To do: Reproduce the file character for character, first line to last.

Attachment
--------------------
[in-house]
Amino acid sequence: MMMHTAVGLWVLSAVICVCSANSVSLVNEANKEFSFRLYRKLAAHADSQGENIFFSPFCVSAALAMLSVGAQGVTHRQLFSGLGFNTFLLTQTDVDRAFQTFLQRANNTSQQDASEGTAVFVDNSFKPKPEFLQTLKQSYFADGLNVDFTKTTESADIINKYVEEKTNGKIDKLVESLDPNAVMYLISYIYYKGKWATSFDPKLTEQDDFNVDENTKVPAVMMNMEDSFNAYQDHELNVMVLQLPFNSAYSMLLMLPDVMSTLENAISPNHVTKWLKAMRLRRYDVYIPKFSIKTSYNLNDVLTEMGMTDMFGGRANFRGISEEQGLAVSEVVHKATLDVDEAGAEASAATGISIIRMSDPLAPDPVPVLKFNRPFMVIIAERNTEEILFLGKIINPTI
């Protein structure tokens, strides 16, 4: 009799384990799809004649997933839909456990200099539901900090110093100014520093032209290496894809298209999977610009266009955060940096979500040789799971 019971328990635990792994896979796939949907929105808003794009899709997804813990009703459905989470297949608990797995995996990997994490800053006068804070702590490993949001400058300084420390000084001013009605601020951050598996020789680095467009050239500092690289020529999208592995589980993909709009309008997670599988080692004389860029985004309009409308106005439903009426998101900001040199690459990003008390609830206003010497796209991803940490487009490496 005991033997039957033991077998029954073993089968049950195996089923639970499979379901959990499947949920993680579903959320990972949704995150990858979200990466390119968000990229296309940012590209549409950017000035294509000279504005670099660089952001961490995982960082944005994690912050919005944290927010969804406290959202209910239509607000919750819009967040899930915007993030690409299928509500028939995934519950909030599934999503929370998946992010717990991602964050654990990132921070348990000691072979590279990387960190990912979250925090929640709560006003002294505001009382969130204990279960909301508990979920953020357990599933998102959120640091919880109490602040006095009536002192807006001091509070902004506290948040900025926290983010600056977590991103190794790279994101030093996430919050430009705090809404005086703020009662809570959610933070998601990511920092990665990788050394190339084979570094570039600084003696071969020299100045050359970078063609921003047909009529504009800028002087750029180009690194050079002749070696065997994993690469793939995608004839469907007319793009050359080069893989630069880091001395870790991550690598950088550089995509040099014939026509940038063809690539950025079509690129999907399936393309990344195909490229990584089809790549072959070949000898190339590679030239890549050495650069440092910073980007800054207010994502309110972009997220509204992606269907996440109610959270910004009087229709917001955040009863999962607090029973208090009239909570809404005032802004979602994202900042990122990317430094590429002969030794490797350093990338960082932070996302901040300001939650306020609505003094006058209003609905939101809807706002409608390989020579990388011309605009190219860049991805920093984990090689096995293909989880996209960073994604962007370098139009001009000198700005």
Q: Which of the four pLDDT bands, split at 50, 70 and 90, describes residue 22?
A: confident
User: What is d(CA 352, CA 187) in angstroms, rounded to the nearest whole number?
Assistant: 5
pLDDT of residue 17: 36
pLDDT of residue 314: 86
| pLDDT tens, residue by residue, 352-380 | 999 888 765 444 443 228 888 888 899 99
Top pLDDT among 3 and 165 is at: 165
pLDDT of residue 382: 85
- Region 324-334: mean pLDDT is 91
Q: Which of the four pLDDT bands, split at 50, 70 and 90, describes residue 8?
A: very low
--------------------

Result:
[in-house]
Amino acid sequence: MMMHTAVGLWVLSAVICVCSANSVSLVNEANKEFSFRLYRKLAAHADSQGENIFFSPFCVSAALAMLSVGAQGVTHRQLFSGLGFNTFLLTQTDVDRAFQTFLQRANNTSQQDASEGTAVFVDNSFKPKPEFLQTLKQSYFADGLNVDFTKTTESADIINKYVEEKTNGKIDKLVESLDPNAVMYLISYIYYKGKWATSFDPKLTEQDDFNVDENTKVPAVMMNMEDSFNAYQDHELNVMVLQLPFNSAYSMLLMLPDVMSTLENAISPNHVTKWLKAMRLRRYDVYIPKFSIKTSYNLNDVLTEMGMTDMFGGRANFRGISEEQGLAVSEVVHKATLDVDEAGAEASAATGISIIRMSDPLAPDPVPVLKFNRPFMVIIAERNTEEILFLGKIINPTI
């Protein structure tokens, strides 16, 4: 009799384990799809004649997933839909456990200099539901900090110093100014520093032209290496894809298209999977610009266009955060940096979500040789799971 019971328990635990792994896979796939949907929105808003794009899709997804813990009703459905989470297949608990797995995996990997994490800053006068804070702590490993949001400058300084420390000084001013009605601020951050598996020789680095467009050239500092690289020529999208592995589980993909709009309008997670599988080692004389860029985004309009409308106005439903009426998101900001040199690459990003008390609830206003010497796209991803940490487009490496 005991033997039957033991077998029954073993089968049950195996089923639970499979379901959990499947949920993680579903959320990972949704995150990858979200990466390119968000990229296309940012590209549409950017000035294509000279504005670099660089952001961490995982960082944005994690912050919005944290927010969804406290959202209910239509607000919750819009967040899930915007993030690409299928509500028939995934519950909030599934999503929370998946992010717990991602964050654990990132921070348990000691072979590279990387960190990912979250925090929640709560006003002294505001009382969130204990279960909301508990979920953020357990599933998102959120640091919880109490602040006095009536002192807006001091509070902004506290948040900025926290983010600056977590991103190794790279994101030093996430919050430009705090809404005086703020009662809570959610933070998601990511920092990665990788050394190339084979570094570039600084003696071969020299100045050359970078063609921003047909009529504009800028002087750029180009690194050079002749070696065997994993690469793939995608004839469907007319793009050359080069893989630069880091001395870790991550690598950088550089995509040099014939026509940038063809690539950025079509690129999907399936393309990344195909490229990584089809790549072959070949000898190339590679030239890549050495650069440092910073980007800054207010994502309110972009997220509204992606269907996440109610959270910004009087229709917001955040009863999962607090029973208090009239909570809404005032802004979602994202900042990122990317430094590429002969030794490797350093990338960082932070996302901040300001939650306020609505003094006058209003609905939101809807706002409608390989020579990388011309605009190219860049991805920093984990090689096995293909989880996209960073994604962007370098139009001009000198700005």
Q: Which of the four pLDDT bands, split at 50, 70 and 90, describes residue 22?
A: confident
User: What is d(CA 352, CA 187) in angstroms, rounded to the nearest whole number?
Assistant: 5
pLDDT of residue 17: 36
pLDDT of residue 314: 86
| pLDDT tens, residue by residue, 352-380 | 999 888 765 444 443 228 888 888 899 99
Top pLDDT among 3 and 165 is at: 165
pLDDT of residue 382: 85
- Region 324-334: mean pLDDT is 91
Q: Which of the four pLDDT bands, split at 50, 70 and 90, describes residue 8?
A: very low